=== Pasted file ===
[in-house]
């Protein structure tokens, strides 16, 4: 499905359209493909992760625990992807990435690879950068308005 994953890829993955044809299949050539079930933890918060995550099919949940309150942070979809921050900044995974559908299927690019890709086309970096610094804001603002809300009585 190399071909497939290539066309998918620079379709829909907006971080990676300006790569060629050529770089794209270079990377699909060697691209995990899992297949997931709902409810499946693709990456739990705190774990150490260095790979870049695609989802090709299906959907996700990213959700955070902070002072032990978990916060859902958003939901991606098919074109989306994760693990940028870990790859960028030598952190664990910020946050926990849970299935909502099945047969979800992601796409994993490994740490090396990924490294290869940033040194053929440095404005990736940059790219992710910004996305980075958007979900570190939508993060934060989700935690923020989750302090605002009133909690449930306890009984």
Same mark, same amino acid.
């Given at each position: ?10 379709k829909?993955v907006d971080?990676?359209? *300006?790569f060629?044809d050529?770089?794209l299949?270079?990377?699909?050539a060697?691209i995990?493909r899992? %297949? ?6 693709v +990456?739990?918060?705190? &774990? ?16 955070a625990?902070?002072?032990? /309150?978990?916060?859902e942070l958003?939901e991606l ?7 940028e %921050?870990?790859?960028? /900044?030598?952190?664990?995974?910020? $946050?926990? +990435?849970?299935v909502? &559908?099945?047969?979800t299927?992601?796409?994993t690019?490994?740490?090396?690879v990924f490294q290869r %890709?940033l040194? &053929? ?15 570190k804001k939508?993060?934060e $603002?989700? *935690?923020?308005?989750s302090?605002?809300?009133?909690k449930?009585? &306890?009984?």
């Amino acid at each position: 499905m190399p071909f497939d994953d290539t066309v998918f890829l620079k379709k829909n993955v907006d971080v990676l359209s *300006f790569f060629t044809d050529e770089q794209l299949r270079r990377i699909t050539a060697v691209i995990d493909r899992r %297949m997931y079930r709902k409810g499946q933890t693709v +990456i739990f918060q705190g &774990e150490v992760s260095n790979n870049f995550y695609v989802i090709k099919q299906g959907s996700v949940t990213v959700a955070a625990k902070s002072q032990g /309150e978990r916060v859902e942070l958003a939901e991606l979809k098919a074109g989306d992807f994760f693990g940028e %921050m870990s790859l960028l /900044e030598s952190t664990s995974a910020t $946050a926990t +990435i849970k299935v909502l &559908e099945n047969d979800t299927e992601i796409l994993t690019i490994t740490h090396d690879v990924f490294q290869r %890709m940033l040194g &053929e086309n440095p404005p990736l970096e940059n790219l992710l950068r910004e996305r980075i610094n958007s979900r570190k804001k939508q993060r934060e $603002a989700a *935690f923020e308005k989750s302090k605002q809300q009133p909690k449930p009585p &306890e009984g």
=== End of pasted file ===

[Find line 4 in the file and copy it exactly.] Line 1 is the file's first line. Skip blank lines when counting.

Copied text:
């Given at each position: ?10 379709k829909?993955v907006d971080?990676?359209? *300006?790569f060629?044809d050529?770089?794209l299949?270079?990377?699909?050539a060697?691209i995990?493909r899992? %297949? ?6 693709v +990456?739990?918060?705190? &774990? ?16 955070a625990?902070?002072?032990? /309150?978990?916060?859902e942070l958003?939901e991606l ?7 940028e %921050?870990?790859?960028? /900044?030598?952190?664990?995974?910020? $946050?926990? +990435?849970?299935v909502? &559908?099945?047969?979800t299927?992601?796409?994993t690019?490994?740490?090396?690879v990924f490294q290869r %890709?940033l040194? &053929? ?15 570190k804001k939508?993060?934060e $603002?989700? *935690?923020?308005?989750s302090?605002?809300?009133?909690k449930?009585? &306890?009984?």